Fig. 1.

Temperature versus time using equation 2 of Korenaga (4), for min = 0.5, 0.2, and 0.1 (blue curves), corresponding to effective lid thicknesses of ∼100 km, 250 km, and 500 km, respectively. Solid black curve represents full plate tectonics with an initial Urey ratio, γo, of 0.3, which leads to thermal catastrophe at ∼1.5 Ga. Although min = 0.5 leads to thermal catastrophe at 2.3 Ga, the smaller values do not, for the interval 0 to 3 Ga, where extrapolation from the present is most accurate. Also shown, full plate tectonics with a high Urey ratio (γo = 0.7), which has frequently been proposed as a means of avoiding a thermal catastrophe. Compared with (3), the plate tectonic efficiency function, P(t), has been modified to extend over the full range from 0 to 1, so that the effect of min can be isolated. Light shading shows the probable range of mantle temperatures from geological constraints, and dark shading shows the range of probable trajectories for intermittent plate tectonics (i.e., between min = 0.1 and min = 0.2). Also shown is the curve for min = 0.

The question raised by Korenaga (4) is thus whether the thermal boundary-layer thickness in oceanic regions is limited to ∼100 km. We contend that there is no strong evidence for this limit. There has been a long-standing controversy as to whether the half-space cooling (HSC) model or a plate model is more appropriate for Earth. Indeed, several studies [e.g., (10, 11)], including one by Korenaga (12), have argued that HSC is preferable. Moreover, even if such a limit currently exists, it is likely produced by plate tectonics itself. The strain-rate dependence of viscosity in the dislocation creep regime implies that as plate tectonics slows and ultimately stops, asthenospheric viscosity would increase and the lid thickness would grow. Indeed, the cratonic roots of continents, which are most removed from plate tectonic activity, approach thicknesses ≥250 km (13).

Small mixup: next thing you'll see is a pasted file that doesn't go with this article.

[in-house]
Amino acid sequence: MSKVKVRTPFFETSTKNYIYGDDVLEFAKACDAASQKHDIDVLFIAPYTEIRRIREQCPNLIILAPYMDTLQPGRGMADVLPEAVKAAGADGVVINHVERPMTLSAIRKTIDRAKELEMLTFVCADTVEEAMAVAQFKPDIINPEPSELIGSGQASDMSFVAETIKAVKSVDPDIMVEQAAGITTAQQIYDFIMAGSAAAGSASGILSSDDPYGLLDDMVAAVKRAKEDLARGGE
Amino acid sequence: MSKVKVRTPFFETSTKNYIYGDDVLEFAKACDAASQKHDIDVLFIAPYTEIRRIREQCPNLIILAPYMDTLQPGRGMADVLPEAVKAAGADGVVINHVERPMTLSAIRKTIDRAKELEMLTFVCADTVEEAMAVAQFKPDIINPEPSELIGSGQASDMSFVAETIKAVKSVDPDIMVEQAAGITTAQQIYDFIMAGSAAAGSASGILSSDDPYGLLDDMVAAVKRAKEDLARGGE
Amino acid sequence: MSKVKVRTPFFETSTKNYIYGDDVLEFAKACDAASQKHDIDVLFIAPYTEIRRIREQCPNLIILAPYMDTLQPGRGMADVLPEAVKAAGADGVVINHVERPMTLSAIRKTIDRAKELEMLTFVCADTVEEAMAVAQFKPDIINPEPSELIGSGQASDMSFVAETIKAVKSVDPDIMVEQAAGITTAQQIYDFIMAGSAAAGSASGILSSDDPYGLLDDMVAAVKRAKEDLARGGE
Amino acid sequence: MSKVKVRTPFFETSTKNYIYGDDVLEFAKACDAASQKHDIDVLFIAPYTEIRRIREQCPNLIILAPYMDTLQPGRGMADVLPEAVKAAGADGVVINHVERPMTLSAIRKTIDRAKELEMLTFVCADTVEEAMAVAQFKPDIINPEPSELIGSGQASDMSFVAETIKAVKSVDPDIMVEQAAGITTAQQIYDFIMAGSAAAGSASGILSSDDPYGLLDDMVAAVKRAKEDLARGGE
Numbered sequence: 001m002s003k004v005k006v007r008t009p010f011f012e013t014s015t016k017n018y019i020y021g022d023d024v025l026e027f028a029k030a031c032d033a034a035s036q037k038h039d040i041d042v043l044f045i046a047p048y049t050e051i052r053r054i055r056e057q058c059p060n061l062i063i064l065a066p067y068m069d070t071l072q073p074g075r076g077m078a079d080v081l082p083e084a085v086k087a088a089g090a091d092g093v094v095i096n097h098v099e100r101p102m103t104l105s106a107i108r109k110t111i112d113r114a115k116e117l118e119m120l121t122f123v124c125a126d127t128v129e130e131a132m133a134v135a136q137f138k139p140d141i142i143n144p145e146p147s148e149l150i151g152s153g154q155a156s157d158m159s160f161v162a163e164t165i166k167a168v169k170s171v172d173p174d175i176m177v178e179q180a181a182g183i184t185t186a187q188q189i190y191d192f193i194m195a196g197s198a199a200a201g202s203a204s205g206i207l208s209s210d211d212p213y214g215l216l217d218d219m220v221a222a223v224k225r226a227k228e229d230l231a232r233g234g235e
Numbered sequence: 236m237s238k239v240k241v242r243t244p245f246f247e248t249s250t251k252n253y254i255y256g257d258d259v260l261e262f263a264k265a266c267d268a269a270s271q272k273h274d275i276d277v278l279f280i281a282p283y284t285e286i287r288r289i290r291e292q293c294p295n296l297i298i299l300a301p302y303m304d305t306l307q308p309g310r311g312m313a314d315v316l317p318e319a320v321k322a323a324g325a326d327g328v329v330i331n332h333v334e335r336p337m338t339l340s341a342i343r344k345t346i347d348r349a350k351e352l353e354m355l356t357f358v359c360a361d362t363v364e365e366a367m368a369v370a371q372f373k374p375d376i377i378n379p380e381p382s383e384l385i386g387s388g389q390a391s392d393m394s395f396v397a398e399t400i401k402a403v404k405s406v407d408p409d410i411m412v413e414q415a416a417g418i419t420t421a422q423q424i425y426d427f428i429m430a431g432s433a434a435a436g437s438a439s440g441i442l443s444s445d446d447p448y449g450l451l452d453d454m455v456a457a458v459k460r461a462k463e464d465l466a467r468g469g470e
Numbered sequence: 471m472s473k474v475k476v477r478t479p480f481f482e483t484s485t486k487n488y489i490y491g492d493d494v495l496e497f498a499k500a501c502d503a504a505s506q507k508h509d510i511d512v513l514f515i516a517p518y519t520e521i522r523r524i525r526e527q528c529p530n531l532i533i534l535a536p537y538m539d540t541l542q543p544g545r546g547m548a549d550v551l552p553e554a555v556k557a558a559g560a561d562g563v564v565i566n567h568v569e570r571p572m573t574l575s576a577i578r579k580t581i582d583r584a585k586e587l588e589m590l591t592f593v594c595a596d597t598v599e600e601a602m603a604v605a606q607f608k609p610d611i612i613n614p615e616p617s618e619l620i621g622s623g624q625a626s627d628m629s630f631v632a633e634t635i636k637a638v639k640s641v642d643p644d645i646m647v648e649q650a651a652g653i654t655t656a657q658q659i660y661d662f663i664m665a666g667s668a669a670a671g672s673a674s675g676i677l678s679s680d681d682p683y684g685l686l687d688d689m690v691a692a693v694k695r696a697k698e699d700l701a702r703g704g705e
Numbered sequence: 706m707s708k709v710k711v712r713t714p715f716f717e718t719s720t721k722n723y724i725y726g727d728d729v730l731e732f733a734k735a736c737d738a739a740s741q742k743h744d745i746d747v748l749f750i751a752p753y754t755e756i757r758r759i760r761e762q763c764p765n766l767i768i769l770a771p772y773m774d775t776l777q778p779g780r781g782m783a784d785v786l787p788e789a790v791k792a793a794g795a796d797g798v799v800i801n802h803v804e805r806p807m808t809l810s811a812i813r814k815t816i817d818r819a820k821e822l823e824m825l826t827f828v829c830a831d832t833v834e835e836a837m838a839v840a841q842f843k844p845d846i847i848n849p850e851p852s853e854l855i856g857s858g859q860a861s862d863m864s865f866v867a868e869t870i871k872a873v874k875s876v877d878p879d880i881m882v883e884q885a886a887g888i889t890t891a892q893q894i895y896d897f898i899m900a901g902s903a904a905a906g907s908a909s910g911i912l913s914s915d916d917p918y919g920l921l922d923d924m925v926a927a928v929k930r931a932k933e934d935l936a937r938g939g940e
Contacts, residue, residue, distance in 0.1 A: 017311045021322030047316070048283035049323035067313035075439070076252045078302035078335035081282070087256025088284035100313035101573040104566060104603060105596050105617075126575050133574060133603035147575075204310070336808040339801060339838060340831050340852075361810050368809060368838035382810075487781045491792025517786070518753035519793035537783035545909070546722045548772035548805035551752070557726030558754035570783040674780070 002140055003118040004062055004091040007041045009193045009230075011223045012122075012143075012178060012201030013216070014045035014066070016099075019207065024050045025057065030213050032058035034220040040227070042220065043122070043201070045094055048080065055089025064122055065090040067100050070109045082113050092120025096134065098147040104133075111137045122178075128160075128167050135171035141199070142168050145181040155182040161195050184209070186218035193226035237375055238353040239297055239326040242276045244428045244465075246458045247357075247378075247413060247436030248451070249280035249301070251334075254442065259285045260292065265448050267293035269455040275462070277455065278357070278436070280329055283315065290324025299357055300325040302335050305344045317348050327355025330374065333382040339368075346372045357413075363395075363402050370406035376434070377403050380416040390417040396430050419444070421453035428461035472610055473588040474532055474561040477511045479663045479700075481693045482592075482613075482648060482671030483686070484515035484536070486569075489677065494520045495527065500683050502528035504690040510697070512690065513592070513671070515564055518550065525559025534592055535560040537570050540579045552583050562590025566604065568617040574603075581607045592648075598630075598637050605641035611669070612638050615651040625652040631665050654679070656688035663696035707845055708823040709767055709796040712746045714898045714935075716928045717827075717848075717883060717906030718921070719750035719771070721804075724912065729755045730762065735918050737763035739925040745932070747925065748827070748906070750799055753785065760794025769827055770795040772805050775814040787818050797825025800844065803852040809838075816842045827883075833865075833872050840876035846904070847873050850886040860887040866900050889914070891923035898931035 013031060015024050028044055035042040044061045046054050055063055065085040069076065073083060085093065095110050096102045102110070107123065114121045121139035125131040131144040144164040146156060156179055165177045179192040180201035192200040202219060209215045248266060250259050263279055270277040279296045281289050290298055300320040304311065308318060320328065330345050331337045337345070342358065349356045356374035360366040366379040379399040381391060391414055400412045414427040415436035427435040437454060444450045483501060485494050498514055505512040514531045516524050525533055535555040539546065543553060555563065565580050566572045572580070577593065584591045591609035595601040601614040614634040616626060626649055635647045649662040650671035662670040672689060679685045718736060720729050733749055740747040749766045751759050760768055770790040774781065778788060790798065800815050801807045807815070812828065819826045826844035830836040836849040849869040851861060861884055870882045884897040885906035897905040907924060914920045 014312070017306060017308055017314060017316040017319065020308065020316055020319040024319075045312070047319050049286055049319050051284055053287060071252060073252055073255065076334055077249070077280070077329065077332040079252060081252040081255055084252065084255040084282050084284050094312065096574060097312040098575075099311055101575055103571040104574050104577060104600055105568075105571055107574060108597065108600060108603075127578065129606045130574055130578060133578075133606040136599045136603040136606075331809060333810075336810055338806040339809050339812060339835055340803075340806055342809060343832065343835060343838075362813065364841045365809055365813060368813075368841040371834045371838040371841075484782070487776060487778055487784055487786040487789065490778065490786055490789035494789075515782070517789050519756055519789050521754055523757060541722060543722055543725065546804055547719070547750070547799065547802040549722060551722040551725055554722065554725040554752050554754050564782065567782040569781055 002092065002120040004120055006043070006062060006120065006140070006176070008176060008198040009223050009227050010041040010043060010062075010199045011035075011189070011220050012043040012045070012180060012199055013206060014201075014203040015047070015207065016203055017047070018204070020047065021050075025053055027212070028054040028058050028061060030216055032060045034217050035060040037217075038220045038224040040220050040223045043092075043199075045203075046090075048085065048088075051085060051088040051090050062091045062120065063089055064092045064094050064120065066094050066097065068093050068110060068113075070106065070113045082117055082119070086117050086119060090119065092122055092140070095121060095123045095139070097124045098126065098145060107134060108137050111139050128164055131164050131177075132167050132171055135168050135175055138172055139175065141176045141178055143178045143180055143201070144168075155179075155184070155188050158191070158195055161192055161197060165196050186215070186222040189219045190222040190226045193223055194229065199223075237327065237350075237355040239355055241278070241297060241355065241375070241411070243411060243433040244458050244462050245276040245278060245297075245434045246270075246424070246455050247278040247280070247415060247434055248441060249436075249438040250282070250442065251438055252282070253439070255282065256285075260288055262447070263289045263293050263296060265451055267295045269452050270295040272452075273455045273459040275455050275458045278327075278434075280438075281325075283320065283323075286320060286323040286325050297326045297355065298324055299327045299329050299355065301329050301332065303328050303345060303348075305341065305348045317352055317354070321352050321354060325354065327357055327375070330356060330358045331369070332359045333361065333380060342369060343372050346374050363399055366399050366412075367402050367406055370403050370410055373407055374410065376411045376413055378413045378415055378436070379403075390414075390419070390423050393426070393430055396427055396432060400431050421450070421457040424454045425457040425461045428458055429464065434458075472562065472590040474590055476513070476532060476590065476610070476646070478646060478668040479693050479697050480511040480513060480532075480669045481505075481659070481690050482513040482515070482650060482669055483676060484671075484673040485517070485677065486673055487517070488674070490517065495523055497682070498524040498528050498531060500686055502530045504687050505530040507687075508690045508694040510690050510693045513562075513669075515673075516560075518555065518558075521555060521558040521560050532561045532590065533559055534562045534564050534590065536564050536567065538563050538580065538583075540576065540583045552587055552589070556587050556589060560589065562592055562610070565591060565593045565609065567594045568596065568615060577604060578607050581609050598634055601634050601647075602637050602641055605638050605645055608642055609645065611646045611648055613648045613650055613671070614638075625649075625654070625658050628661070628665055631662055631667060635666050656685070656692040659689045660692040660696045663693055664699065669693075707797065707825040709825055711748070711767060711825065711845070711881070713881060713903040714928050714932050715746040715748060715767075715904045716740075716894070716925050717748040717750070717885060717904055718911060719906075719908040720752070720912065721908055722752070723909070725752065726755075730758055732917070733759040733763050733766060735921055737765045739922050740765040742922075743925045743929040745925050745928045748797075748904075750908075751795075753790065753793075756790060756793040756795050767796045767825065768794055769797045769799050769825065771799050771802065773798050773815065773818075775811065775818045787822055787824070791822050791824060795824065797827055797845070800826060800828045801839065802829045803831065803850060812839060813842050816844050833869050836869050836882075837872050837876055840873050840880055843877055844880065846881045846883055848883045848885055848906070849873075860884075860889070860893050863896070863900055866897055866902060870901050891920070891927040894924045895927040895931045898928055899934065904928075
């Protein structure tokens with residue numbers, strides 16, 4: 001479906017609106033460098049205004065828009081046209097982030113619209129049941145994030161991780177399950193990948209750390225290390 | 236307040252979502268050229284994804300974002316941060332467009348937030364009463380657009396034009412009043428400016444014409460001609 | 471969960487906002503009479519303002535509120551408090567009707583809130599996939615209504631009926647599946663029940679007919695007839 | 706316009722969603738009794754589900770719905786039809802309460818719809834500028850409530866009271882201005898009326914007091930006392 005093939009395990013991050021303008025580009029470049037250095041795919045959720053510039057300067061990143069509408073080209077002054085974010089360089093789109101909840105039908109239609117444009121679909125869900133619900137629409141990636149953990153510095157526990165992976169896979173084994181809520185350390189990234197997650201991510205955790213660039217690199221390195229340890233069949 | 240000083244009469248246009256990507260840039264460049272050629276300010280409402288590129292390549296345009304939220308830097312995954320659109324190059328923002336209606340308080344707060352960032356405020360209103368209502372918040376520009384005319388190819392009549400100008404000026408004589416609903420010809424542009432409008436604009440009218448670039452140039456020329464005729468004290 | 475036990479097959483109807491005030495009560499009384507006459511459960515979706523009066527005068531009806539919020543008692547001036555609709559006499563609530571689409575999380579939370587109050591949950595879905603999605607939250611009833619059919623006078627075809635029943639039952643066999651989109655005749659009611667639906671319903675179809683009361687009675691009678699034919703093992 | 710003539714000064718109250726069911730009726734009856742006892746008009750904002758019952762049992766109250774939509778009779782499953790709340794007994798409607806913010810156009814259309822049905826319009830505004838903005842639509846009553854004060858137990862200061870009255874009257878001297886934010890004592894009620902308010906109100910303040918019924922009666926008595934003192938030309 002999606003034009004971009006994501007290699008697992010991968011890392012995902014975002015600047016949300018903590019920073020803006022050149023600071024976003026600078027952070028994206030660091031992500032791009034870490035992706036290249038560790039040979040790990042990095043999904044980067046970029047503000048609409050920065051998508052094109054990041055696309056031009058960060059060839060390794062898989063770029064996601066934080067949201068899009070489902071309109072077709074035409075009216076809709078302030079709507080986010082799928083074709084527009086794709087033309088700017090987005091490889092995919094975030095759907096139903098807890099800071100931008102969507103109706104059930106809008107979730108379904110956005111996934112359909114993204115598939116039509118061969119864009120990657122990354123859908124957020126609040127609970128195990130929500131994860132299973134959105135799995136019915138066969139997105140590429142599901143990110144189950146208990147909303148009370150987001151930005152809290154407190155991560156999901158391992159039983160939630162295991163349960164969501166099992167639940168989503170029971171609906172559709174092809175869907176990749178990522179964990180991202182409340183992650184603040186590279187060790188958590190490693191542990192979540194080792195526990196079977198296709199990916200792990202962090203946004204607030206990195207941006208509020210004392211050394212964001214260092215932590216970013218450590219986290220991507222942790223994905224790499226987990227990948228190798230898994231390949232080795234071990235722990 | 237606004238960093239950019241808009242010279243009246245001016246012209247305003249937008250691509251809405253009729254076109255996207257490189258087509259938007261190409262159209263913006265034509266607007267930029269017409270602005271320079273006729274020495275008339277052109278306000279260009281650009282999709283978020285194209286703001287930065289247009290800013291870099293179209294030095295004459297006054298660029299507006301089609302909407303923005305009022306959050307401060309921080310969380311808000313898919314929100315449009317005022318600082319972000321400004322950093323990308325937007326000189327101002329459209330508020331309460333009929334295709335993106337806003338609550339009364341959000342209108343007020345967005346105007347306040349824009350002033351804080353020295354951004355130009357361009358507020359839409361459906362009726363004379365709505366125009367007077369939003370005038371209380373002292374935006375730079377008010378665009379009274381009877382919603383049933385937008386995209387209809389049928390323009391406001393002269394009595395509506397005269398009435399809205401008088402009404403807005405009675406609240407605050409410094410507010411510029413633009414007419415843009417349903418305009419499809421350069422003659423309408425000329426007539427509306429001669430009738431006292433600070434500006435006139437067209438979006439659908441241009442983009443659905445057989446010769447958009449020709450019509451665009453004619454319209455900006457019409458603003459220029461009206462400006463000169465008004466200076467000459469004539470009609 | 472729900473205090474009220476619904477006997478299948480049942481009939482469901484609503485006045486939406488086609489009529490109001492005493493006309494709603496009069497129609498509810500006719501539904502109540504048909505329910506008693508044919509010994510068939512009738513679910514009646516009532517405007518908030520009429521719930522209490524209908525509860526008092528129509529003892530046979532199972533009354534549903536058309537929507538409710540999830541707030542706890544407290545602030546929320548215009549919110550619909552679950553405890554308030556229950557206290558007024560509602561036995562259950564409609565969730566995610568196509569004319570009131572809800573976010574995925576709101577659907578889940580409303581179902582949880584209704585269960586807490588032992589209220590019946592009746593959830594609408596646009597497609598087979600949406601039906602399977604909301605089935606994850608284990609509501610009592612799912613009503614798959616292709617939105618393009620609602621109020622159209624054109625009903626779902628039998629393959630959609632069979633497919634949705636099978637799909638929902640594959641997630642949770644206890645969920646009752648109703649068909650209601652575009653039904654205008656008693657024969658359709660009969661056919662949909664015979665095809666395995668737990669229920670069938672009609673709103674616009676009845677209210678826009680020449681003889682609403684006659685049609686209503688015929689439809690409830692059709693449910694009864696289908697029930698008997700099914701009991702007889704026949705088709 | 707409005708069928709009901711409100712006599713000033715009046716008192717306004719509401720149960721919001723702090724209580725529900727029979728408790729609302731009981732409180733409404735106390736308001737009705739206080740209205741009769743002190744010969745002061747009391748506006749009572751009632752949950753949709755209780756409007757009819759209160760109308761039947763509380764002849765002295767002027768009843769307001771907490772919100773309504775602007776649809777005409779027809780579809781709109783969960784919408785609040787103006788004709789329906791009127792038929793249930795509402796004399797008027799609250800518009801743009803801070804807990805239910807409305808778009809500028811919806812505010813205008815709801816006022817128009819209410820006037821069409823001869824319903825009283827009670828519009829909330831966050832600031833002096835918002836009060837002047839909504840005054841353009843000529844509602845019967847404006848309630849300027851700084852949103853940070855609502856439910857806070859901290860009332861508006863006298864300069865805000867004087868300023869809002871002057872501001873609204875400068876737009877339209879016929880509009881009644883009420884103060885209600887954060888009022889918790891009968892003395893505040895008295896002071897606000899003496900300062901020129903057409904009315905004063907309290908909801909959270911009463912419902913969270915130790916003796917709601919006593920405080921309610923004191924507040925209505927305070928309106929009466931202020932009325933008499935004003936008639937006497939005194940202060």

The second issue raised in (4) is the time scale over which the thermal boundary layer thickens. Korenaga assumes an instantaneous switch from plate tectonics to stagnant lid. However, our model for intermittent plate tectonics is tied to the long-term history of subduction. Slab flux does not instantaneously drop to zero in the Proterozoic but instead goes from a maximum at 2.5 billion years ago (Ga) to a minimum at 1.0 Ga. During this time, lid thickness should continually adjust to the lower slab flux as a Pacific-type ocean closes. If the Pacific closes in ∼350 million years (My), then the maximum sea-floor age of the Atlantic would be ∼550 My. This will result in an average effective boundary-layer thickness of ∼130 km even before plate tectonics stops (14). After stoppage, the boundary layer would grow to ∼250 km in ∼260 My. Thus, the adjustment time for min to decrease below ∼0.2 (the likely maximum value for preventing thermal catastrophe) is much shorter than the time scale for variations in subduction flux. Clearly, theoretical work is necessary to more quantitatively constrain Earth's thermal evolution in the presence of time-variable subduction flux. Such calculations will likely require moving beyond the simplified evolution equation [equation 1 in (4)], which requires approximations in both functional form and in parameters such as β.

The final issue raised by Korenaga is the use of sea-level data to test for variations in lithospheric thickness. Although such tests are welcome, given the presently available data (only back to 500 Ma), the limitations on interpretability (i.e., other causes of sea-level change), and the possibly important role of dynamic topography, we do not feel that a definitive test is possible at the present time. Indeed, features such as the African Superswell (15) might be expected in the internal ocean as the external ocean closes. The diminished contribution from slabs by decreased subduction flux could also produce a counteracting effect. Until such effects are carefully modeled, it will be difficult to make use of this constraint.